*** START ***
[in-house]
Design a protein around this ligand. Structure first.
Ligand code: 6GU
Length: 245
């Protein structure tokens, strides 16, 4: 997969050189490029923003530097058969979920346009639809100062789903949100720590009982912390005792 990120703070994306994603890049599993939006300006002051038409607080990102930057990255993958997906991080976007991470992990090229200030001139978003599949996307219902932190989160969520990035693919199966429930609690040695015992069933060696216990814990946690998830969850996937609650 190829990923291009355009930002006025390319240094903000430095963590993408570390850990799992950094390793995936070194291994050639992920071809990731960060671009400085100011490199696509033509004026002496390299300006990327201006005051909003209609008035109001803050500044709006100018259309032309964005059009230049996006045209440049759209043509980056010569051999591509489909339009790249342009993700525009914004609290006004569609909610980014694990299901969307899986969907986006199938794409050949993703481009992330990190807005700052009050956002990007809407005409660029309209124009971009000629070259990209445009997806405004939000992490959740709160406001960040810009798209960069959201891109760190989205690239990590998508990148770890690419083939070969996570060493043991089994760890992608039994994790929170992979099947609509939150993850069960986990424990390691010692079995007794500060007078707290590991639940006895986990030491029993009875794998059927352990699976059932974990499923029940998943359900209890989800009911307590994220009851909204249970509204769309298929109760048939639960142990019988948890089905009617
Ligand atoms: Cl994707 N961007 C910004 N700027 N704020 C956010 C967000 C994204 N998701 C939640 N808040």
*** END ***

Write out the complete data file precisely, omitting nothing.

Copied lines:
[in-house]
Design a protein around this ligand. Structure first.
Ligand code: 6GU
Length: 245
């Protein structure tokens, strides 16, 4: 997969050189490029923003530097058969979920346009639809100062789903949100720590009982912390005792 990120703070994306994603890049599993939006300006002051038409607080990102930057990255993958997906991080976007991470992990090229200030001139978003599949996307219902932190989160969520990035693919199966429930609690040695015992069933060696216990814990946690998830969850996937609650 190829990923291009355009930002006025390319240094903000430095963590993408570390850990799992950094390793995936070194291994050639992920071809990731960060671009400085100011490199696509033509004026002496390299300006990327201006005051909003209609008035109001803050500044709006100018259309032309964005059009230049996006045209440049759209043509980056010569051999591509489909339009790249342009993700525009914004609290006004569609909610980014694990299901969307899986969907986006199938794409050949993703481009992330990190807005700052009050956002990007809407005409660029309209124009971009000629070259990209445009997806405004939000992490959740709160406001960040810009798209960069959201891109760190989205690239990590998508990148770890690419083939070969996570060493043991089994760890992608039994994790929170992979099947609509939150993850069960986990424990390691010692079995007794500060007078707290590991639940006895986990030491029993009875794998059927352990699976059932974990499923029940998943359900209890989800009911307590994220009851909204249970509204769309298929109760048939639960142990019988948890089905009617
Ligand atoms: Cl994707 N961007 C910004 N700027 N704020 C956010 C967000 C994204 N998701 C939640 N808040």